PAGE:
Series 42

Dictionary Says

Definition of 'Series 42'


An exam offered by the Financial Industry Regulatory Authority (FINRA) for financial professionals seeking to become licensed options representatives for a FINRA-member broker/dealer or principal.

The test consists of 50 questions taken over 1.5 hours, and a score of 70% or better is required for passing. Test questions cover the taker's knowledge of options terminology, trading strategies, handling of customer accounts, settlement practices, record-keeping, and overall broker conduct. The Series 42 has a corequisite of either the Series 62 or the Series 72 license.

Investopedia Says

Investopedia explains 'Series 42'


Unlike some of the other exams that test broader sets of knowledge, the Series 42 is all about options, specifically listed options that trade on national exchanges like the Chicago Board Options Exchange (CBOE). Derivative contracts like stock options come with their own lexicon, which is completely different than that found in stock or bond trading. People seeking to become licensed options principals and supervise other registered representatives or a branch office must take and pass the Series 4, which has the Series 7 exam as a prerequisite.

comments powered by Disqus
Hot Definitions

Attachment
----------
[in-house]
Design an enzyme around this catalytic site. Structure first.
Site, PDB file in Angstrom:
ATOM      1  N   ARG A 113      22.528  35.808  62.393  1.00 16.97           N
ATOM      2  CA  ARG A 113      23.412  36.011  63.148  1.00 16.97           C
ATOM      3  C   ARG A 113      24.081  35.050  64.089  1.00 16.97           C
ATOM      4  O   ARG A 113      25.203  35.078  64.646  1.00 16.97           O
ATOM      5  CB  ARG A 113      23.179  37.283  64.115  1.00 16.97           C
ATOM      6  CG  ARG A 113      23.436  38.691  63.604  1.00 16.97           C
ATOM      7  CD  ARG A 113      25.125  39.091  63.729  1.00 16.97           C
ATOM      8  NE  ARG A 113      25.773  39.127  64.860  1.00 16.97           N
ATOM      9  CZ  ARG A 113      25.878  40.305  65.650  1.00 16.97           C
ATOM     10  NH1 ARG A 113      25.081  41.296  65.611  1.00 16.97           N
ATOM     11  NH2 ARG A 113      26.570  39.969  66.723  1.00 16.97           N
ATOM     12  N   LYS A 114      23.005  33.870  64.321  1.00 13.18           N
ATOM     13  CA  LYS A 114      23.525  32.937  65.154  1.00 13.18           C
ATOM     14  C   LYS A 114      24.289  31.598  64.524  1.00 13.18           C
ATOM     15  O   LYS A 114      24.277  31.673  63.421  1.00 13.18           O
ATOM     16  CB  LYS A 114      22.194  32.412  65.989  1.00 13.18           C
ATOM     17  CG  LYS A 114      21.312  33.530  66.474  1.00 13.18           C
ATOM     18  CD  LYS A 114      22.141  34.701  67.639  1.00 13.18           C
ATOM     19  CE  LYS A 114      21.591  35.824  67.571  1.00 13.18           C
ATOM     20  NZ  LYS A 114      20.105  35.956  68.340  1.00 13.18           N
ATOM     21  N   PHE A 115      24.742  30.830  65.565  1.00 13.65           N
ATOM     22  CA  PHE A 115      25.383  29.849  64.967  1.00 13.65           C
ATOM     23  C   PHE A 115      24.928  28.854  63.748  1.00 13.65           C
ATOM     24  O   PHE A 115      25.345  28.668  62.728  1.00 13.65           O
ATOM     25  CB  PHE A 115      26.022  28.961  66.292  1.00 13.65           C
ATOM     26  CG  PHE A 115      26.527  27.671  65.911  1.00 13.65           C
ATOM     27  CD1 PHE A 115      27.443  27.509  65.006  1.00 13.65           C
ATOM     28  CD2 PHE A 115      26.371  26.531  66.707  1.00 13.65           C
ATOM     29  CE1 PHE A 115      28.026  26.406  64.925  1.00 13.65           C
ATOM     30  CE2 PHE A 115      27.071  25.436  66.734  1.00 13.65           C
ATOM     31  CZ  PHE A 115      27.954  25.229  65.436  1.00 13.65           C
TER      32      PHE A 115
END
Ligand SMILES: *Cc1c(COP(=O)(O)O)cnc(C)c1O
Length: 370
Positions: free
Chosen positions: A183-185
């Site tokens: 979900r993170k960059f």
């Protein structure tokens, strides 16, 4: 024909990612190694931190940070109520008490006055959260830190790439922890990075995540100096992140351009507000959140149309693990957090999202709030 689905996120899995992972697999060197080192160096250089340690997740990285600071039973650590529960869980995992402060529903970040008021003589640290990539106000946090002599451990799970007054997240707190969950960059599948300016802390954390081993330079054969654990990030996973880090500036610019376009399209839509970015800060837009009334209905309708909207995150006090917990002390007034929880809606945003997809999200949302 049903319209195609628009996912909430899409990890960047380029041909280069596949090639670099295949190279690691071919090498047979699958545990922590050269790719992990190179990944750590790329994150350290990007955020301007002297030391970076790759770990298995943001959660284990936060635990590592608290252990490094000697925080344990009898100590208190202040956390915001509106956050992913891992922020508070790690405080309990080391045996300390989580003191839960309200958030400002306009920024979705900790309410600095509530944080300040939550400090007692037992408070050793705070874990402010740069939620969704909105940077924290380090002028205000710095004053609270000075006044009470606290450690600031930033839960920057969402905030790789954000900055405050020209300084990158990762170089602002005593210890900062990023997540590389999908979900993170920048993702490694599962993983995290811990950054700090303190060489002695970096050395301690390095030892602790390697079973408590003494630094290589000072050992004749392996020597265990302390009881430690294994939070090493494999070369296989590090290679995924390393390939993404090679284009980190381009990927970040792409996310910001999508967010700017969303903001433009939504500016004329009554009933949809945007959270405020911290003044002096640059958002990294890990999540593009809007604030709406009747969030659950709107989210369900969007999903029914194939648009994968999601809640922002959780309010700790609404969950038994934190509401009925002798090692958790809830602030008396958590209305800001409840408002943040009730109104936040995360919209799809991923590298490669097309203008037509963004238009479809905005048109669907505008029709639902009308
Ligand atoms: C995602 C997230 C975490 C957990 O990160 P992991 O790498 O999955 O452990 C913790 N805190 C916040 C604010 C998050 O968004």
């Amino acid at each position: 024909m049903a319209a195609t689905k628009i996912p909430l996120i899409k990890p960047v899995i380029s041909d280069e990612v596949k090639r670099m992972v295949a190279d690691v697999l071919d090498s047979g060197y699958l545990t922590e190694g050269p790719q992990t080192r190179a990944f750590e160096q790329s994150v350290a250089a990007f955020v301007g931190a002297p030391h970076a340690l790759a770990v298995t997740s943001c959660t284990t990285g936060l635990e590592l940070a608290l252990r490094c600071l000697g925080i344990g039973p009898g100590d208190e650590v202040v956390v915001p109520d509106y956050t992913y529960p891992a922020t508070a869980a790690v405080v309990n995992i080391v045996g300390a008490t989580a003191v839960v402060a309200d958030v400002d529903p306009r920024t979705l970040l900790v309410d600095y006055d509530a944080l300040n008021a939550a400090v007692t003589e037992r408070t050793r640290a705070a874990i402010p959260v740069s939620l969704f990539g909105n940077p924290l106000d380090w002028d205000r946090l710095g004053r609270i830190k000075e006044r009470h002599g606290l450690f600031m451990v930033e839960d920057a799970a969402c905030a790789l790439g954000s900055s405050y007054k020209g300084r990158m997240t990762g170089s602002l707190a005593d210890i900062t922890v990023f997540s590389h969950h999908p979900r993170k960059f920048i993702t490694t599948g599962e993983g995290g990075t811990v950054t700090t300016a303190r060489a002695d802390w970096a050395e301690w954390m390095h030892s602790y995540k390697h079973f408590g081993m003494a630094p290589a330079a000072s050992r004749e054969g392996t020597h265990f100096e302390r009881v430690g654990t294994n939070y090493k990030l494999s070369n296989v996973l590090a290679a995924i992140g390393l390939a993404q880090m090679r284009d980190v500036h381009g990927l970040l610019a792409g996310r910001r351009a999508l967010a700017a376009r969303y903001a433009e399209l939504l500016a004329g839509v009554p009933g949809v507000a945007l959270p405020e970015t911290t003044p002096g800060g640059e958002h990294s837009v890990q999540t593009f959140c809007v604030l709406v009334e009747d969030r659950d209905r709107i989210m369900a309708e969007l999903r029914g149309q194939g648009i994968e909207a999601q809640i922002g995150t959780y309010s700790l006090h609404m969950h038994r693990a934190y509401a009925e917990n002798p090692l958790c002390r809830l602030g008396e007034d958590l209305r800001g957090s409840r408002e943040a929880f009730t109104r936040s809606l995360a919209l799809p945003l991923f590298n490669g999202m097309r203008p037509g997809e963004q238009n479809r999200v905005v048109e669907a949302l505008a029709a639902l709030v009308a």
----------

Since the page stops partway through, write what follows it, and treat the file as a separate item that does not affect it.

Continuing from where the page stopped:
1. Legal Monopoly

    A company that is operating as a monopoly under a government mandate. A legal monopoly offers a specific product or service at a regulated price and can either be independently run and government regulated, or government run and regulated.
  2. Closed-End Fund

    A closed-end fund is a publicly traded investment company that raises a fixed amount of capital through an initial public offering (IPO). The fund is then structured, listed and traded like a stock on a stock exchange.
  3. Payday Loan

    A type of short-term borrowing where an individual borrows a small amount at a very high rate of interest. The borrower typically writes a post-dated personal check in the amount they wish to borrow plus a fee in exchange for cash.
  4. Securitization

    The process through which an issuer creates a financial instrument by combining other financial assets and then marketing different tiers of the repackaged instruments to investors.
  5. Economic Forecasting

    The process of attempting to predict the future condition of the economy. This involves the use of statistical models utilizing variables sometimes called indicators.
  6. Chicago Mercantile Exchange - CME

    The world's second-largest exchange for futures and options on futures and the largest in the U.S. Trading involves mostly futures on interest rates, currency, equities, stock indices and agricultural products.
Trading Center